Things got heated on Tuesday night in Maspeth when protesters of the proposed homeless shelter got wind of a private meeting between community members, elected officials, members of the 104th Precinct and staff from Acacia Network, the group that is planned to run the homeless shelter.
Once protesters heard of the meeting, they left their post outside of the Holiday Inn Express where they have been rallying every night for nearly two weeks and marched to O’Neill’s restaurant, where the meeting was taking place.
The meeting had ended by the time they arrived, and they were left with questions regarding the subject and what took place at what they perceived as a secret meeting.
Those in attendance at the meeting included Community Board 5 (CB 5) member Michael LoCascio, members of the 104th Precinct, state Senator Joseph Addabbo, a staffer from Councilwoman Elizabeth Crowley’s office and members of Acacia Network.
They were discussing safety plans for the shelter at the Holiday Inn Express, which the city wants to open on or about Oct. 1.
“It was a private meeting, yes, not a secret meeting,” Addabbo told QNS in a phone interview. “Should we not be able to stop this [shelter], we have to be prepared public safety-wise. That is one of biggest issues with shelter. You have to have that kind of discussion with the police.”
The protesters were angry that they were not notified of the meeting and what was being discussed, and many saw it as the community giving up the fight.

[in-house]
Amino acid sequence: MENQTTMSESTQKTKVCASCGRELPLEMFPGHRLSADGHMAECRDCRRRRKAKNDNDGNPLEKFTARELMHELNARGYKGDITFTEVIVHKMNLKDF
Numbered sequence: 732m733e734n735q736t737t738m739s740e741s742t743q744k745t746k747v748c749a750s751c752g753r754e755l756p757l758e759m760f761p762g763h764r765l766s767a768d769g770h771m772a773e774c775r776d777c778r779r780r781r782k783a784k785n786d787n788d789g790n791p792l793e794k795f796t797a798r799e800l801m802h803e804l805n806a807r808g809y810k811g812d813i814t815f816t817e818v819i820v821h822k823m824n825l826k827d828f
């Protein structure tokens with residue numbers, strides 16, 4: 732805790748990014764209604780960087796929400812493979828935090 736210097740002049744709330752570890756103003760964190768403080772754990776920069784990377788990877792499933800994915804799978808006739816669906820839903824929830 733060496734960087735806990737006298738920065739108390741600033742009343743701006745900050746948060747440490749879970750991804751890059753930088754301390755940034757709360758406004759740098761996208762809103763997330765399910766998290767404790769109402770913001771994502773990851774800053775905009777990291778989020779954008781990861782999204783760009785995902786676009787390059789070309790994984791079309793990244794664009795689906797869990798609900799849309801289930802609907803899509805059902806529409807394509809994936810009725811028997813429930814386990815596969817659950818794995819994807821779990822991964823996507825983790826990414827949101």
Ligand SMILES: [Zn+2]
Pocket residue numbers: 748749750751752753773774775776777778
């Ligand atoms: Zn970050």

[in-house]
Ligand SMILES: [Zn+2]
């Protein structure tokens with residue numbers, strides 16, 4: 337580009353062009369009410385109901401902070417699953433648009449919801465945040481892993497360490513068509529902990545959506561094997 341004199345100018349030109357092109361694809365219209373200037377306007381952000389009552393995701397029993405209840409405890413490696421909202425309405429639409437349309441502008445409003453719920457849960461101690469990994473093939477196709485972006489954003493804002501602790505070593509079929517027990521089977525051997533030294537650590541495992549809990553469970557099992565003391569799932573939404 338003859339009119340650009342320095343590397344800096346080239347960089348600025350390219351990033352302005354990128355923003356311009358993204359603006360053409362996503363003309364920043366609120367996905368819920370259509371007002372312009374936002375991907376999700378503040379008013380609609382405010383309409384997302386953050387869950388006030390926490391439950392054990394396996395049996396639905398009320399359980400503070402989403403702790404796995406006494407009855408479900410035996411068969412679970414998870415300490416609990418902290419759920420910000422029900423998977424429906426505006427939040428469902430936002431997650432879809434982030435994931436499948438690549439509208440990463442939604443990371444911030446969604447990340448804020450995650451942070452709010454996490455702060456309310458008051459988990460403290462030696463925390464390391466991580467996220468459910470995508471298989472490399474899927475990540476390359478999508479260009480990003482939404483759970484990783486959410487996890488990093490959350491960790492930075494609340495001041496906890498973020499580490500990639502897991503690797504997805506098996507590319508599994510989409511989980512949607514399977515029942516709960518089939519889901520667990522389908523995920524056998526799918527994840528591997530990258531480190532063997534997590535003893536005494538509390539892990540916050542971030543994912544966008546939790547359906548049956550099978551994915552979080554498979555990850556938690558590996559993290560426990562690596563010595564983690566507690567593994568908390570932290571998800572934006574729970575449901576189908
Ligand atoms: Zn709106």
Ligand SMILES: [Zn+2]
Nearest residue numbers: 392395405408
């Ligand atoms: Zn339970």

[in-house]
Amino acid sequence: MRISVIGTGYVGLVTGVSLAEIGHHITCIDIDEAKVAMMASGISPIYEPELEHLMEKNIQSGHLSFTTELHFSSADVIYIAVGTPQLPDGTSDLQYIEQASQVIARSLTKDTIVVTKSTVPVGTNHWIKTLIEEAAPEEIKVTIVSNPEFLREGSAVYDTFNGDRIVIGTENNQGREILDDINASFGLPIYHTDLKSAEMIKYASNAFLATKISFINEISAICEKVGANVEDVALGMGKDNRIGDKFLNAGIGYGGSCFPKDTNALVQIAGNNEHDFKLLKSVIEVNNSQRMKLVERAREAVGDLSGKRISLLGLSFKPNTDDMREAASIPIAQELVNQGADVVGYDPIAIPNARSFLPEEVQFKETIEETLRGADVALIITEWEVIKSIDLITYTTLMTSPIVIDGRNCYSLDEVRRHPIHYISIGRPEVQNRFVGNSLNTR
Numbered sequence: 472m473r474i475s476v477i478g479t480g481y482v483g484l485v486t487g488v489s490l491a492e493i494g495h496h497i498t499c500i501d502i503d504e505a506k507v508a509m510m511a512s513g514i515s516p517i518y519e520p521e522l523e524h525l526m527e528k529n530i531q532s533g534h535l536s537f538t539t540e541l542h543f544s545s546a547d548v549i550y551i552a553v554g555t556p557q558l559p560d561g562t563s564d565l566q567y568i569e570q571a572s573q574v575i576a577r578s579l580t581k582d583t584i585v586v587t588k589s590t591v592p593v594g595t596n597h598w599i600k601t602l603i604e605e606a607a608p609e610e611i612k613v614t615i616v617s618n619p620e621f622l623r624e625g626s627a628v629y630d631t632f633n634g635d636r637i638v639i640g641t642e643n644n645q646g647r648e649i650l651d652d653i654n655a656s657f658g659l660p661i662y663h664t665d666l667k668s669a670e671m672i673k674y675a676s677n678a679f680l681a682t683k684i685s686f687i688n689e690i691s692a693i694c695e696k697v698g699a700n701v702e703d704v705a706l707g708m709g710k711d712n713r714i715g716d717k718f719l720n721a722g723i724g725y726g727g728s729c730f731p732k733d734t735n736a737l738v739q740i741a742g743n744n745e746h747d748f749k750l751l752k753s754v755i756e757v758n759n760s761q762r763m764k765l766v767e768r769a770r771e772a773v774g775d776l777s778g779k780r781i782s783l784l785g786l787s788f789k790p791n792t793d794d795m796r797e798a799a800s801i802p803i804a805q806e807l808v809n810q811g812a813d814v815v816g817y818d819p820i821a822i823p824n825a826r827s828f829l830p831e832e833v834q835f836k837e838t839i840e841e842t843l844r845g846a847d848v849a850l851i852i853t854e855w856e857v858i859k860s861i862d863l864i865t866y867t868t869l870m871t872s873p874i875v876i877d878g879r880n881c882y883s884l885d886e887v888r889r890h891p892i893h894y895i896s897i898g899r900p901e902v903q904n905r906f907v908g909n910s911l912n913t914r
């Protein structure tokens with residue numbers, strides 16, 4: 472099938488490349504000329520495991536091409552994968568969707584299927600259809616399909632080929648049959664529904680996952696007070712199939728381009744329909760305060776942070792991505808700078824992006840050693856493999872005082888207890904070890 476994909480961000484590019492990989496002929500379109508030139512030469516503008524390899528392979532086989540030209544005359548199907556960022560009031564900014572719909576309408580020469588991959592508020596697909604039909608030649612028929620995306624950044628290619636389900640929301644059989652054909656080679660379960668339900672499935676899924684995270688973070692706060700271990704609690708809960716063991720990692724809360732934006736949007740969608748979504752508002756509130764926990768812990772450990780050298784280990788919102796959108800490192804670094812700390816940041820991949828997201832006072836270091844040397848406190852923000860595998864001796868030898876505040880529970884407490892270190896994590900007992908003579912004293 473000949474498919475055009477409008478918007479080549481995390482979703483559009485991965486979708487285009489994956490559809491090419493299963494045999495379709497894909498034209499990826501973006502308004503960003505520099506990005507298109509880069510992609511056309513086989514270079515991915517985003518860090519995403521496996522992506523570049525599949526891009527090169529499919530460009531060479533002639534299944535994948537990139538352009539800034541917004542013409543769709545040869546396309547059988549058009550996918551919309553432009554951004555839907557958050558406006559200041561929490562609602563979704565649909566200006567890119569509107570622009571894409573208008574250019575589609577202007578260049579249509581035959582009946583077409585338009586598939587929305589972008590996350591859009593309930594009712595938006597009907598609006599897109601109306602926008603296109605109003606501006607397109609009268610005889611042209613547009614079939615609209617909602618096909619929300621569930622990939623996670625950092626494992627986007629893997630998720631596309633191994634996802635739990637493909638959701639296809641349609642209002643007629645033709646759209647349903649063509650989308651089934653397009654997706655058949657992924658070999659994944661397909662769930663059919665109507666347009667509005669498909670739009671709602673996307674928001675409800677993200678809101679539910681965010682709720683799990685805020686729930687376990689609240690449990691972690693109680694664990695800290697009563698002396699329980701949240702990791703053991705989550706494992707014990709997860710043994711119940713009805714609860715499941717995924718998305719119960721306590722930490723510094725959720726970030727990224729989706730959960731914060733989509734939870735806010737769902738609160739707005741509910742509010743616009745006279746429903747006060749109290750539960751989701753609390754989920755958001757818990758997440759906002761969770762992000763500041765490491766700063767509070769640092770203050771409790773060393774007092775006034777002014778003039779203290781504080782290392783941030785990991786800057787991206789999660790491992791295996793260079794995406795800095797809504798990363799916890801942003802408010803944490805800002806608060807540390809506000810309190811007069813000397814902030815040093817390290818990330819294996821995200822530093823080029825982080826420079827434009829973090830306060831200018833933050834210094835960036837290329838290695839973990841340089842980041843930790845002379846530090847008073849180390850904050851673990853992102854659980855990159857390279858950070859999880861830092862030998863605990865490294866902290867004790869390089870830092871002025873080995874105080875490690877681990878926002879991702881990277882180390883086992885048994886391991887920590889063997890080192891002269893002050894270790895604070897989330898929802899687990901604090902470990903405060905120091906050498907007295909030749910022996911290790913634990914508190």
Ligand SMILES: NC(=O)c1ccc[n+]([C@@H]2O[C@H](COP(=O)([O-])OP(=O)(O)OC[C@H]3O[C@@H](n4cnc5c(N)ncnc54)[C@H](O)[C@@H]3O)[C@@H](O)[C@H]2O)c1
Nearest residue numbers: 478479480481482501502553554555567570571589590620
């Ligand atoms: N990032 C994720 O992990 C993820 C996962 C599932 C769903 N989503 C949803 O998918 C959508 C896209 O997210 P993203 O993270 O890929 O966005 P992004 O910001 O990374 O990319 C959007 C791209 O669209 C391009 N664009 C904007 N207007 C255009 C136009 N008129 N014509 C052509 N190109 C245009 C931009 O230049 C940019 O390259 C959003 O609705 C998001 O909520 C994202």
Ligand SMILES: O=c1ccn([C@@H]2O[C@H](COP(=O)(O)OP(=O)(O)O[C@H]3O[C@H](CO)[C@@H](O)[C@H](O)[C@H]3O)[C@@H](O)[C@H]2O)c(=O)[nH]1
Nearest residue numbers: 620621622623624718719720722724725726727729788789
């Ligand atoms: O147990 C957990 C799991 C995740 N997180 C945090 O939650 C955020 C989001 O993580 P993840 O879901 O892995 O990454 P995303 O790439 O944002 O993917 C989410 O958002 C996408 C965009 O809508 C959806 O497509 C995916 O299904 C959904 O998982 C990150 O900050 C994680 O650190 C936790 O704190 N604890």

“We didn’t like that. It is so premature to sit down with Acacia, it’s like throwing in the towel,” said Robert Holden, president of the Juniper Park Civic Association (JPCA) and active protester against the shelter. “The last thing I would do as a group fighting this is to sit down with the shelter organizer. To me it was just the wrong thing to do.”
Instead of holding a private meeting, Holden feels that elected officials should have been at the daily rallies outside of the hotel and should update the community on what they are doing to stop the shelter from opening.
“As someone who has been fighting this the whole time, going to the rallies every night, I expect our electeds to be more creative and fight this. That’s what I’m most upset about it,” Holden said. “How does Addabbo go to the meeting, but doesn’t stop in by the protest? The only thing we know is that he’s meeting with the Acacia Network and that’s like a slap in the face. A lot of people see this as a battle to save their neighborhood.”
QNS reached out to Michael LoCascio, the 104th Precinct and Acacia Network for comment and is awaiting responses.